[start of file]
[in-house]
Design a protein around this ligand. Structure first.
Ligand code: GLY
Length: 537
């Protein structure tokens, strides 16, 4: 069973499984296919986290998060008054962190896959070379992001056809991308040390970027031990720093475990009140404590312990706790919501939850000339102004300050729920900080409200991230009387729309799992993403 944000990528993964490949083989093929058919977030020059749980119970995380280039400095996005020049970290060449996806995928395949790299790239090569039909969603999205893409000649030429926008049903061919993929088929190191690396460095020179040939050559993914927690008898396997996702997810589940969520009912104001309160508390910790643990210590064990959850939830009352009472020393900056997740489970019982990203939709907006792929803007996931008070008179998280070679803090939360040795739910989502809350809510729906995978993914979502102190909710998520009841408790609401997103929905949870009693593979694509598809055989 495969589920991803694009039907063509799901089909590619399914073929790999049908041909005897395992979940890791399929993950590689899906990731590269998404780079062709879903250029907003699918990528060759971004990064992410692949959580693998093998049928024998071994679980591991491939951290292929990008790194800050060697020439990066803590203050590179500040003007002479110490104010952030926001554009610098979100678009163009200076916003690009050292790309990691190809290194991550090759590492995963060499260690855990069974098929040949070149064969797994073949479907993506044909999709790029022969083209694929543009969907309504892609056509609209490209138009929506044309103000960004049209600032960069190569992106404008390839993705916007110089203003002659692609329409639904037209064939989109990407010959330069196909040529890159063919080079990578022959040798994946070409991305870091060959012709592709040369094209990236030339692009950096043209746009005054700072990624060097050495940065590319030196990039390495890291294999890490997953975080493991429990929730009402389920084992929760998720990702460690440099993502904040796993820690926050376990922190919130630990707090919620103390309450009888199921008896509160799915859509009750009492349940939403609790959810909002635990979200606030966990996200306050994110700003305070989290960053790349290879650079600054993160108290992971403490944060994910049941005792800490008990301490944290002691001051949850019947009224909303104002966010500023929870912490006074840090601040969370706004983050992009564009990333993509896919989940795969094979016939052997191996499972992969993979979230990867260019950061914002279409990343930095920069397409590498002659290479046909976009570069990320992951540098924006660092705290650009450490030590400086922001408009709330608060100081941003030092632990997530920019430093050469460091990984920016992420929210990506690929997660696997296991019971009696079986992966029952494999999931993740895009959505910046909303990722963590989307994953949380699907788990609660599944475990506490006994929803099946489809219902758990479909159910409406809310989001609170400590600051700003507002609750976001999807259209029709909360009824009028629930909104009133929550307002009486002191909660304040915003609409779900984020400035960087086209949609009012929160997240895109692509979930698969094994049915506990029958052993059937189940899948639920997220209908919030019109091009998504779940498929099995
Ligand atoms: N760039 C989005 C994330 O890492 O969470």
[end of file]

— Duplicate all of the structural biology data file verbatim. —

[in-house]
Design a protein around this ligand. Structure first.
Ligand code: GLY
Length: 537
């Protein structure tokens, strides 16, 4: 069973499984296919986290998060008054962190896959070379992001056809991308040390970027031990720093475990009140404590312990706790919501939850000339102004300050729920900080409200991230009387729309799992993403 944000990528993964490949083989093929058919977030020059749980119970995380280039400095996005020049970290060449996806995928395949790299790239090569039909969603999205893409000649030429926008049903061919993929088929190191690396460095020179040939050559993914927690008898396997996702997810589940969520009912104001309160508390910790643990210590064990959850939830009352009472020393900056997740489970019982990203939709907006792929803007996931008070008179998280070679803090939360040795739910989502809350809510729906995978993914979502102190909710998520009841408790609401997103929905949870009693593979694509598809055989 495969589920991803694009039907063509799901089909590619399914073929790999049908041909005897395992979940890791399929993950590689899906990731590269998404780079062709879903250029907003699918990528060759971004990064992410692949959580693998093998049928024998071994679980591991491939951290292929990008790194800050060697020439990066803590203050590179500040003007002479110490104010952030926001554009610098979100678009163009200076916003690009050292790309990691190809290194991550090759590492995963060499260690855990069974098929040949070149064969797994073949479907993506044909999709790029022969083209694929543009969907309504892609056509609209490209138009929506044309103000960004049209600032960069190569992106404008390839993705916007110089203003002659692609329409639904037209064939989109990407010959330069196909040529890159063919080079990578022959040798994946070409991305870091060959012709592709040369094209990236030339692009950096043209746009005054700072990624060097050495940065590319030196990039390495890291294999890490997953975080493991429990929730009402389920084992929760998720990702460690440099993502904040796993820690926050376990922190919130630990707090919620103390309450009888199921008896509160799915859509009750009492349940939403609790959810909002635990979200606030966990996200306050994110700003305070989290960053790349290879650079600054993160108290992971403490944060994910049941005792800490008990301490944290002691001051949850019947009224909303104002966010500023929870912490006074840090601040969370706004983050992009564009990333993509896919989940795969094979016939052997191996499972992969993979979230990867260019950061914002279409990343930095920069397409590498002659290479046909976009570069990320992951540098924006660092705290650009450490030590400086922001408009709330608060100081941003030092632990997530920019430093050469460091990984920016992420929210990506690929997660696997296991019971009696079986992966029952494999999931993740895009959505910046909303990722963590989307994953949380699907788990609660599944475990506490006994929803099946489809219902758990479909159910409406809310989001609170400590600051700003507002609750976001999807259209029709909360009824009028629930909104009133929550307002009486002191909660304040915003609409779900984020400035960087086209949609009012929160997240895109692509979930698969094994049915506990029958052993059937189940899948639920997220209908919030019109091009998504779940498929099995
Ligand atoms: N760039 C989005 C994330 O890492 O969470």